6 October 2011

UK and Australia: genealogy news

In these family history 'items of interest' for the United Kingdom and/or Australia, links open in new windows so you won't lose your place on this page.

  • The Romany and Traveller Family History Society is dedicated to researching British Romany Gypsy, Traveller and Fairground ancestors.

  • 2011 'Who Do You Think You Are' handouts from talks and workshops are free to download.

  • British Parliamentary Papers are very useful for both British and Irish family history.

  • A programme and booking form are now available for the Australasian Congress on Genealogy and Heraldry (Adelaide, South Australia, 28-31 March 2012). I'll be there! I've only missed one Congress since 1986.

  • I thoroughly enjoyed the Family History Fair and State Conference at Inverell last month. The next two NSW and ACT State Conferences will be at Botany Bay (14-16 Sep 2012) and Canberra (2013).

  • There are three possibilities for another history and genealogy cruise in 2013. You have until 10 Oct 2011 to cast your vote. (You may have seen my description of Unlock the Past's first conference on a cruise.)

  • Other news for Australian and UK research is in Updates Genie No.9. Note the item about temporary free access to some Ancestry databases.

  • You are invited to take part in the 'Genealogists for Families' project. Our motto is, We care about families (past, present and future). We believe that our small actions can make a big difference to those who are less fortunate. This project was initially a way for me to honour my father's memory by continuing his tradition of 'good deeds'. Now others are joining in and thus establishing the tradition in their own families.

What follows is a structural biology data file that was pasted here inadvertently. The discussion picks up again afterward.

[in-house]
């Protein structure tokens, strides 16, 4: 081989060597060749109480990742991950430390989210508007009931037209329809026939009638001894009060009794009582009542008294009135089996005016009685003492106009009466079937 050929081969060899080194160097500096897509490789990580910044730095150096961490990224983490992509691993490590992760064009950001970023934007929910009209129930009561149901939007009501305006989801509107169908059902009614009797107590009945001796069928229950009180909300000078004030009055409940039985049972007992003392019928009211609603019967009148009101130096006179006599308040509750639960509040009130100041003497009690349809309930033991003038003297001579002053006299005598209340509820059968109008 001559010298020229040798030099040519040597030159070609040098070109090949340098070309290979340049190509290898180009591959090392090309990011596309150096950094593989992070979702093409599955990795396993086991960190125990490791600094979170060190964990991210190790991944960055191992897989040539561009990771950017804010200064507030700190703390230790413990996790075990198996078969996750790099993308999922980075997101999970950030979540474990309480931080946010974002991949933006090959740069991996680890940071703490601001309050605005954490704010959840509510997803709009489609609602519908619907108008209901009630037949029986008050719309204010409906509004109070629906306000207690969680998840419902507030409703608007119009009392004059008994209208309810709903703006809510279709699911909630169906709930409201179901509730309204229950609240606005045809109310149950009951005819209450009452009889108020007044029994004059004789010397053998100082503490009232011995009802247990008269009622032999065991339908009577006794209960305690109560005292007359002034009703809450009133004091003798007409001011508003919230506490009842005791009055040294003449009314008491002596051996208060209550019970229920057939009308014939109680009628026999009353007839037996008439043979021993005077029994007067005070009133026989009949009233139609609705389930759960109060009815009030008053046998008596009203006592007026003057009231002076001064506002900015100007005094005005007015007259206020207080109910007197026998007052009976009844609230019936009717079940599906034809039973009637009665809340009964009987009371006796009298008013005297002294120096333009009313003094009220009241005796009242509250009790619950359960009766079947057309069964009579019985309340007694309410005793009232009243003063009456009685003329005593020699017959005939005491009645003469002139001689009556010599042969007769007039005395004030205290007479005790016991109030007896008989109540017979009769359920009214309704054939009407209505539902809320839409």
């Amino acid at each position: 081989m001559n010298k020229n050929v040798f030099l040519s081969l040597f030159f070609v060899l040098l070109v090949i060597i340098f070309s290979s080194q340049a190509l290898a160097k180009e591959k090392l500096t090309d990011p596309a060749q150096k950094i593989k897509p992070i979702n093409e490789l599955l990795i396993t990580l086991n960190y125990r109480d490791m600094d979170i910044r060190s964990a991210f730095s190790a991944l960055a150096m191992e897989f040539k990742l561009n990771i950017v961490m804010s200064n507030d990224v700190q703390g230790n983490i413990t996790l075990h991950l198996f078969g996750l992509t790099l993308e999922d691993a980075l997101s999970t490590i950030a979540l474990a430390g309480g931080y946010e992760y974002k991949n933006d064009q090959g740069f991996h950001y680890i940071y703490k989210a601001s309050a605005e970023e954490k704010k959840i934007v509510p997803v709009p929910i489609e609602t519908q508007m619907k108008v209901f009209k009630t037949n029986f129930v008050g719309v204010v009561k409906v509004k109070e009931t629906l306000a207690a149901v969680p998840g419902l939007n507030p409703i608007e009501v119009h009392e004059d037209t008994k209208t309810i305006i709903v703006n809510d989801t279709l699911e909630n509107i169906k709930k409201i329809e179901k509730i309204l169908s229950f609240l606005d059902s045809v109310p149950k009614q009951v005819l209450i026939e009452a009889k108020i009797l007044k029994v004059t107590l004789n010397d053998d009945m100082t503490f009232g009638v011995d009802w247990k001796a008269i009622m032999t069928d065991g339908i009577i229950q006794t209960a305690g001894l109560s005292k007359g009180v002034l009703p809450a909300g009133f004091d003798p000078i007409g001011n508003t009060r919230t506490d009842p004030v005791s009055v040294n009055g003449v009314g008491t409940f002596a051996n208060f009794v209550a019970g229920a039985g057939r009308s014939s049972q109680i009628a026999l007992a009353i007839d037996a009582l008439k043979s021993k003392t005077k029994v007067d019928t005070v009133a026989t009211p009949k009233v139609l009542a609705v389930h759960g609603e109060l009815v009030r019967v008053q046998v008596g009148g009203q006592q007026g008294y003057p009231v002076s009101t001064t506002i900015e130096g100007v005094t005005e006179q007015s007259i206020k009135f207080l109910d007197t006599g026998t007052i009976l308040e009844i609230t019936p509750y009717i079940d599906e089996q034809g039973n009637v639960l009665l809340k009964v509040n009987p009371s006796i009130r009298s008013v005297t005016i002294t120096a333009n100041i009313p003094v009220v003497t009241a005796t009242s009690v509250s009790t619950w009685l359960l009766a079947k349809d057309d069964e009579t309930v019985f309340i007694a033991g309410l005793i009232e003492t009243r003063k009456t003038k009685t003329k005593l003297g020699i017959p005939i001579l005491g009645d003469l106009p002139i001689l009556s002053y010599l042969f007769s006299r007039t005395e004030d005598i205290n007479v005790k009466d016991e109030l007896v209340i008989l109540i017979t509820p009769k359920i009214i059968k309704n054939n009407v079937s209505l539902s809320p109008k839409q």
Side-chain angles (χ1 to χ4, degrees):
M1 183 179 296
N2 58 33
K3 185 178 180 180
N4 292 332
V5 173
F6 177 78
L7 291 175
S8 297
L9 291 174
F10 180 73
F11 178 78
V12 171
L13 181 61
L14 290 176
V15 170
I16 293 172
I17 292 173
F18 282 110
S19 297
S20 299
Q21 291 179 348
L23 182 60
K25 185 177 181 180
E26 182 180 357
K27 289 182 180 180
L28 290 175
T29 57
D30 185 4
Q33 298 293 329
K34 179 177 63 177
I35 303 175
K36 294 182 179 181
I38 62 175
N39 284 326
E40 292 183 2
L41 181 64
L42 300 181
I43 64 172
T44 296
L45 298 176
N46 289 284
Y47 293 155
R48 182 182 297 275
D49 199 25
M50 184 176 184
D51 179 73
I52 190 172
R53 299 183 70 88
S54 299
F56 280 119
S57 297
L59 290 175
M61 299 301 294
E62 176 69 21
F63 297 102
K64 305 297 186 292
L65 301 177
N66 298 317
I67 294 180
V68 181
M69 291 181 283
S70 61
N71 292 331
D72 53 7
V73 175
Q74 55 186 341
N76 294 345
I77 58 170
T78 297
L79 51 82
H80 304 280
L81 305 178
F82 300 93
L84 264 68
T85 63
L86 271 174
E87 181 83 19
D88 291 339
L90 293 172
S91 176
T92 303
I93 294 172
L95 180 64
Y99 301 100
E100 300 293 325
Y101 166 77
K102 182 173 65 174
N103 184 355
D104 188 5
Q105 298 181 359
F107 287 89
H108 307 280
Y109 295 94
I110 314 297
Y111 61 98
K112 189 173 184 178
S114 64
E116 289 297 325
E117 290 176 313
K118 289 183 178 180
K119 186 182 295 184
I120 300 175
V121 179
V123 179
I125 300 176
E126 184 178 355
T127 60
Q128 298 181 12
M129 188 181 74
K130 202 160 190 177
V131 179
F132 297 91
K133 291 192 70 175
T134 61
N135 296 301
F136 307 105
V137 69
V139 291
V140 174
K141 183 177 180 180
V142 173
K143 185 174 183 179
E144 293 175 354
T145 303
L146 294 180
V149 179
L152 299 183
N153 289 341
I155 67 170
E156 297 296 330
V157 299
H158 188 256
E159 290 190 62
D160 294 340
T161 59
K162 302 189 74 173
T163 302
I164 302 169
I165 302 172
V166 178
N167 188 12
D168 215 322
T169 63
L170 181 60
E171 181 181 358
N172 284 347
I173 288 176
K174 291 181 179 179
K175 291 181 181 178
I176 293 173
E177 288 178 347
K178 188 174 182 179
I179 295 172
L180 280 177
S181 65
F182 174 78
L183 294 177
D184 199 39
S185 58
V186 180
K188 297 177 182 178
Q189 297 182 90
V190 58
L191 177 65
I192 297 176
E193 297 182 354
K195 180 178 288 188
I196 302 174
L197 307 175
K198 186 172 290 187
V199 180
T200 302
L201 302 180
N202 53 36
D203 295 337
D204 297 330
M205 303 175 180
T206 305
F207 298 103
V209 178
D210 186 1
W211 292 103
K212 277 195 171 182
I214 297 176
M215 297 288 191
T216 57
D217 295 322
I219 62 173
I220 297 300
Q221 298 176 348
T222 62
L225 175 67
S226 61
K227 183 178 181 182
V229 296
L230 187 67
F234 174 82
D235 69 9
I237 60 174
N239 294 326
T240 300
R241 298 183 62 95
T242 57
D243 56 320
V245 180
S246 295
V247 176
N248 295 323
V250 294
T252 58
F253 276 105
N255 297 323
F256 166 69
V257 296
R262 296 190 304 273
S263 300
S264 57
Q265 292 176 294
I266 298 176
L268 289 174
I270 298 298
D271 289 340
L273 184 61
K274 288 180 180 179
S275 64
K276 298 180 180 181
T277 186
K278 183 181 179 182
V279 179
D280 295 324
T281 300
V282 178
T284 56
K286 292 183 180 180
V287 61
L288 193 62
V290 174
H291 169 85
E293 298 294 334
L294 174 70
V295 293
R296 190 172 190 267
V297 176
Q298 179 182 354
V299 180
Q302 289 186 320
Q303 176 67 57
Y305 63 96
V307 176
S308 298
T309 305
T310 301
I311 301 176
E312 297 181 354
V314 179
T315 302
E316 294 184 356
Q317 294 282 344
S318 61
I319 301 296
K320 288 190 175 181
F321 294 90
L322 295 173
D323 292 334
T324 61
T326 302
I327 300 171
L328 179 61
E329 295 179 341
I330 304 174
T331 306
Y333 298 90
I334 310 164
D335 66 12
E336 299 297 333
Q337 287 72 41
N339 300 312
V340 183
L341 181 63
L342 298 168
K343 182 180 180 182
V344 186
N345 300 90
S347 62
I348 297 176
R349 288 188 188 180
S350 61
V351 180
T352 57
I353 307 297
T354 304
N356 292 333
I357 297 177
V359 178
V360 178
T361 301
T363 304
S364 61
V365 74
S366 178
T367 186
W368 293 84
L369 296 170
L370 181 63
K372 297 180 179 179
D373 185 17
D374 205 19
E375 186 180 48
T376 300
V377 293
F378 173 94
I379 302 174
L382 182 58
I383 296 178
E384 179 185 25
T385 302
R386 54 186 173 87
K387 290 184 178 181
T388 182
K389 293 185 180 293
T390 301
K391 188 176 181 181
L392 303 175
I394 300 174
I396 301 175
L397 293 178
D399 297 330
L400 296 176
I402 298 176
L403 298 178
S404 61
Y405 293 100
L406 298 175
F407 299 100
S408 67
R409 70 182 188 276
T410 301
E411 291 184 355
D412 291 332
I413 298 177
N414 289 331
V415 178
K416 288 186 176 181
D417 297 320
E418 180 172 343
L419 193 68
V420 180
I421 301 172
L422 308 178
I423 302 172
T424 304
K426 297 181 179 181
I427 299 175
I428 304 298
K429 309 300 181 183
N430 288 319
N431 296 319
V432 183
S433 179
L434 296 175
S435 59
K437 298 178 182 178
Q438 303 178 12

• Some Australian Commonwealth electoral rolls up to 1980 are now on Ancestry, but scroll down and read 'State and Years Presently Included'. Years with no asterisk have not been indexed. Remember that Queensland has four series of electoral rolls, and the annotated State rolls are much more useful than the Commonwealth rolls on Ancestry.

22 April 2011

Thrifty Thursday: This Week's Freebies

There are some interesting freebies and discounts available at present (and, in the future, more will be listed on a Discounts and Freebies page).